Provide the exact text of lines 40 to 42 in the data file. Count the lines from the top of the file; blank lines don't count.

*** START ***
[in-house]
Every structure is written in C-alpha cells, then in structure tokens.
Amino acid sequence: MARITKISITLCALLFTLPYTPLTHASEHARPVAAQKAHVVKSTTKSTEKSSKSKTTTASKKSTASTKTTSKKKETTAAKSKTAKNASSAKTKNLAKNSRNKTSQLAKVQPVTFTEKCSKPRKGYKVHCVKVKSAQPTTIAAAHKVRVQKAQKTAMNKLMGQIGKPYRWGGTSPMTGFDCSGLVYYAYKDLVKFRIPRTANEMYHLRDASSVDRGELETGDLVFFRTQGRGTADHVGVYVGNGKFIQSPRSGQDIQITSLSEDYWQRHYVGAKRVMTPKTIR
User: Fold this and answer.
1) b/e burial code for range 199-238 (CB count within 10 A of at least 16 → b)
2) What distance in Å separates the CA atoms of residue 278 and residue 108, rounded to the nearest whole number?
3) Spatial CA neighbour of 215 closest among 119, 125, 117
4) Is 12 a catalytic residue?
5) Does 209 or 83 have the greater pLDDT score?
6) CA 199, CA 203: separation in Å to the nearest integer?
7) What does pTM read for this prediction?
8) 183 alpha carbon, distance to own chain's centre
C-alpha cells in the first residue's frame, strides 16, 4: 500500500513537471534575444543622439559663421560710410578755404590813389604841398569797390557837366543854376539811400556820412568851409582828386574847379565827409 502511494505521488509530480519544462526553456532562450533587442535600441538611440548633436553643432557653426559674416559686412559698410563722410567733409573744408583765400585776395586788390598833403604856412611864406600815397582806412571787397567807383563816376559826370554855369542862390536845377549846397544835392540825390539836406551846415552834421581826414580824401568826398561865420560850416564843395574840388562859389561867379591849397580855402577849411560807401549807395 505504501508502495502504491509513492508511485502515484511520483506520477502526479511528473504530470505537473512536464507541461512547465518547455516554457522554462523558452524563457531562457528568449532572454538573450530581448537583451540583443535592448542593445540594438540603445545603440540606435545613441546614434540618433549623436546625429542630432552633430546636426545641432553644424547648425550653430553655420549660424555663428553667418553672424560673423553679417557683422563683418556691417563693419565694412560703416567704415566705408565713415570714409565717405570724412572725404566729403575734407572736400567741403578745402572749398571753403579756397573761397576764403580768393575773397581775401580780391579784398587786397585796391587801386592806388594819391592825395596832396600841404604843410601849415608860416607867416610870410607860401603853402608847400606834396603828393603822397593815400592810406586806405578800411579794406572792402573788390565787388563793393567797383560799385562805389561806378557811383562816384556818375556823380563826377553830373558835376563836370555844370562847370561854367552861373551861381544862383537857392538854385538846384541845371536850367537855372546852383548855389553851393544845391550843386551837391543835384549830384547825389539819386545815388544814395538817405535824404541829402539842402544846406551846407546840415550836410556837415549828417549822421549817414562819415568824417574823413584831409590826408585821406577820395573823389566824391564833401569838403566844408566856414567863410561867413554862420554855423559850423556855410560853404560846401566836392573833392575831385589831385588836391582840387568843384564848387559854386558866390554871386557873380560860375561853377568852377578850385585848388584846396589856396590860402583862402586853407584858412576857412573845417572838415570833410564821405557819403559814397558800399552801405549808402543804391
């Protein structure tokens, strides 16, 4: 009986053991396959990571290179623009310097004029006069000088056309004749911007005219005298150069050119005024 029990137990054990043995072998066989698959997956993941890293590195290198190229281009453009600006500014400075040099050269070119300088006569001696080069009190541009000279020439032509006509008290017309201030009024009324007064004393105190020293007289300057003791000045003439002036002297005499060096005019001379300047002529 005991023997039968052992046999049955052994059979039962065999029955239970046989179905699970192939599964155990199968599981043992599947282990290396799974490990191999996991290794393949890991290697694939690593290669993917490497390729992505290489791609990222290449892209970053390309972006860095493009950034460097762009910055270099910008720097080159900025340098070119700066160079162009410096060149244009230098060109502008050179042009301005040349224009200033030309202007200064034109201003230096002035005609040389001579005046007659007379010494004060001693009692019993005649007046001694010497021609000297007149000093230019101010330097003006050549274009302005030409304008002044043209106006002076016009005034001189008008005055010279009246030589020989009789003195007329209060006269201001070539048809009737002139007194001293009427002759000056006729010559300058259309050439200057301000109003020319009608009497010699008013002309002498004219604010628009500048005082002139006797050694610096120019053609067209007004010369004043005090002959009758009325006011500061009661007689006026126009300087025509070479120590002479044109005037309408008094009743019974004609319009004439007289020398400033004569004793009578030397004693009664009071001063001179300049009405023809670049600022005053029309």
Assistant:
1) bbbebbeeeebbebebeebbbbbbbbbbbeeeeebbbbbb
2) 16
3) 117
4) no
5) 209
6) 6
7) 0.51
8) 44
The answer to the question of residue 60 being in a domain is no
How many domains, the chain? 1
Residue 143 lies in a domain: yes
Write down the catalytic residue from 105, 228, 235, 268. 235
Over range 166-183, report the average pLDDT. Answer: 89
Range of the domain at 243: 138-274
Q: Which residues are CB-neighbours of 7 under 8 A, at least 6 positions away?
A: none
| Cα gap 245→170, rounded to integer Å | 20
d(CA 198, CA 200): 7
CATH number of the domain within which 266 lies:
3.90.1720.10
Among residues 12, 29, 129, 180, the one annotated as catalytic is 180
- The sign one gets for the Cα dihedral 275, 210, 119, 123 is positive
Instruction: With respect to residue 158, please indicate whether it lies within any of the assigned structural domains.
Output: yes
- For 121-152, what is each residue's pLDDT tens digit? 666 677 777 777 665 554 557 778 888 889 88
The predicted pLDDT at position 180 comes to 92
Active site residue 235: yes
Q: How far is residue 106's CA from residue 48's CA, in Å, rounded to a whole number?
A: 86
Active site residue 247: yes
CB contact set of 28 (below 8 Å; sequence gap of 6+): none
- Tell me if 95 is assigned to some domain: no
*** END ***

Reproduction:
- For 121-152, what is each residue's pLDDT tens digit? 666 677 777 777 665 554 557 778 888 889 88
The predicted pLDDT at position 180 comes to 92
Active site residue 235: yes